James McAvoy gives a career-best performance in Split, but the film can’t get out of his shadow. Writer-director M Night Shyamalan can’t match concept with execution, and as a result a hugely entertaining setup is frustratingly squandered with a final half hour that is fatally hampered by grating over-explanation and a chronic mishandling of its central themes.
Split gets right to the point: within minutes of the credits, teenagers Claire (Haley Lu Richardson) and Marcia (Jessica Sula) are kidnapped by an unidentified man (McAvoy). Also among the abductees is sullen, introspective Casey (The Witch‘s Anya Taylor-Joy, continuing to impress), and it’s pretty plainly obvious from the get-go that of our three prisoners, she’ll be the focus – the others scream, panic and make poor decisions, never really pausing long enough to develop as characters in any significant way.
Of course, the real focus here is their captor. The film’s main concept centres around the fact that “Kevin” (McAvoy) has Dissociative Identity Disorder, and is a vessel for as many as 23 personalities, all of whom have names, distinct mannerisms and motivations, and apparently can converse with each other during their downtime. Most of the fun that there is to be had with Split‘s first 90 minutes comes from wondering which persona McAvoy will inhabit when he comes back on screen – whether it’s naive nine-year old Hedwig, the frosty, obsessive-compulsive Patricia or anyone in between, there’s an intensity to his performance that few will equal this year.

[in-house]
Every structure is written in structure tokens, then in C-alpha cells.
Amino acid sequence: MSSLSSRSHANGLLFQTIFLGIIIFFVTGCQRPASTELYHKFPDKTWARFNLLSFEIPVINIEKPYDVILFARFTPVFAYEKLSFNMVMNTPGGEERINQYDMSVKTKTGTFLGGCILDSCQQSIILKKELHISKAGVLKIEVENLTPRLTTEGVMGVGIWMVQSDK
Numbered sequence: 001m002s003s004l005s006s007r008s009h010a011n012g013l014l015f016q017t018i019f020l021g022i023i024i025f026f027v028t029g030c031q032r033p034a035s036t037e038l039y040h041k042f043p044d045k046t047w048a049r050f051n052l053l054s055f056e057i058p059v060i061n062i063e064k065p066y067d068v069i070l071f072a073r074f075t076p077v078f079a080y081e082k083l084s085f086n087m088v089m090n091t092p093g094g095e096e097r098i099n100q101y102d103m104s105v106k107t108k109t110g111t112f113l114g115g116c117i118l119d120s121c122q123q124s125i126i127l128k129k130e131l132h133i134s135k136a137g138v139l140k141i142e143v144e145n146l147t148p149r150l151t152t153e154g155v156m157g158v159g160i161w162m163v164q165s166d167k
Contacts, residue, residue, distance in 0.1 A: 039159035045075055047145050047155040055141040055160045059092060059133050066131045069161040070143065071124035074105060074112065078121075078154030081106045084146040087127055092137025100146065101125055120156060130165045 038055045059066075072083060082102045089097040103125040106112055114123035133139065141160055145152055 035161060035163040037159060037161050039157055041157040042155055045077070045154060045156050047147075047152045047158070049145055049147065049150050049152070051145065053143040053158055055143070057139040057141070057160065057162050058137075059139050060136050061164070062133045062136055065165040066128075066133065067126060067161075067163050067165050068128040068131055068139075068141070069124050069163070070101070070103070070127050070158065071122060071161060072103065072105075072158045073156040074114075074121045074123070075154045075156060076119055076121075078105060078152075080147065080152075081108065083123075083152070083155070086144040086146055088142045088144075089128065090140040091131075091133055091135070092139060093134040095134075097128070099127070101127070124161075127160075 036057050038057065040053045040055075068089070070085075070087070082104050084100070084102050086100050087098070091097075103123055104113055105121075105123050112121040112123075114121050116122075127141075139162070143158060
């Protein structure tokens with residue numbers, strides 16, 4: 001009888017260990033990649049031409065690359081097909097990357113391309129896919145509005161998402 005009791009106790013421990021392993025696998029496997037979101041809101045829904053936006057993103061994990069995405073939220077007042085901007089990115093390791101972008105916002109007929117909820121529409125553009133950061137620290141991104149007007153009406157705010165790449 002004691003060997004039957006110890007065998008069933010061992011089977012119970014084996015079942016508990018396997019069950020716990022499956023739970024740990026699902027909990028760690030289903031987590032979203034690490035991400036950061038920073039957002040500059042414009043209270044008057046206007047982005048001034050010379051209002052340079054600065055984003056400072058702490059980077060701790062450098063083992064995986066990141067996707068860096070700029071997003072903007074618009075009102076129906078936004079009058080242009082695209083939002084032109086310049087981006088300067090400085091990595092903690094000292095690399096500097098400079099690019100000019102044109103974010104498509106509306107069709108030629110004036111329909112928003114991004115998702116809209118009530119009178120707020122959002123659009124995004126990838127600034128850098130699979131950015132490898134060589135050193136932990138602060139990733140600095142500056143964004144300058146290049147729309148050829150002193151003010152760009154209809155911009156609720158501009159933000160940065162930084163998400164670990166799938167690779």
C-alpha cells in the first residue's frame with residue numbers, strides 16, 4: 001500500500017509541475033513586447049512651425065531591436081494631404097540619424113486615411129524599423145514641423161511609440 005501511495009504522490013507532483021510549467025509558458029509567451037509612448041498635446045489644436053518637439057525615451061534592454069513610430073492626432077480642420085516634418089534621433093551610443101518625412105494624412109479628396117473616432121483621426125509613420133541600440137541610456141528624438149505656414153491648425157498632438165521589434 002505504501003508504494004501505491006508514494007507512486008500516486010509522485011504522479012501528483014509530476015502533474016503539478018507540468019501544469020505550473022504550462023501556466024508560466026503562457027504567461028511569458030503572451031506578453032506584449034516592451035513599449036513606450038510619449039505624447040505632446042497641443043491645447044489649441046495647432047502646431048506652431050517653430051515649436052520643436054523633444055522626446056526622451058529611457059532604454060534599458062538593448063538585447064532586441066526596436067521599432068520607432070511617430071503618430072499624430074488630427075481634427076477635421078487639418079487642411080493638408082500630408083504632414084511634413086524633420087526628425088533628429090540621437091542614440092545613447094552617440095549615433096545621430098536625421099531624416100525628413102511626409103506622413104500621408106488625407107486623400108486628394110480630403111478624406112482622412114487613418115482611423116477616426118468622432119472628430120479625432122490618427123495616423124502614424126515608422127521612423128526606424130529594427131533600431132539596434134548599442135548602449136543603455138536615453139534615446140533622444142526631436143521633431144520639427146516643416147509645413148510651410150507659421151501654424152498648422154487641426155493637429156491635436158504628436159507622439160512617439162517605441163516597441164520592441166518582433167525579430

While the film generates a fair amount of tension in its scenes in Kevin’s underground bunker, the other ball Shyamalan has to keep in the air is the ongoing work of therapist Karen Fletcher (Betty Buckley). Kevin is among her patients, and her research into the mental and physical differences in his personalities provides Split with most of its narrative momentum, and in turn, its clumsiest expositional info dumps. As the film veers into its maddeningly nonsensical finale, suspense turns to farce and it becomes apparent just how much of Buckley’s dialogue was signed over to Cliffnotes-ing the plot’s complexities. Its approach to its darker themes will satisfy some and offend others, and ultimately, Split suffers from a staggering final-act derailment that obliterates any goodwill it had previously built up, and a landmark performance from McAvoy is left to flounder. A waste.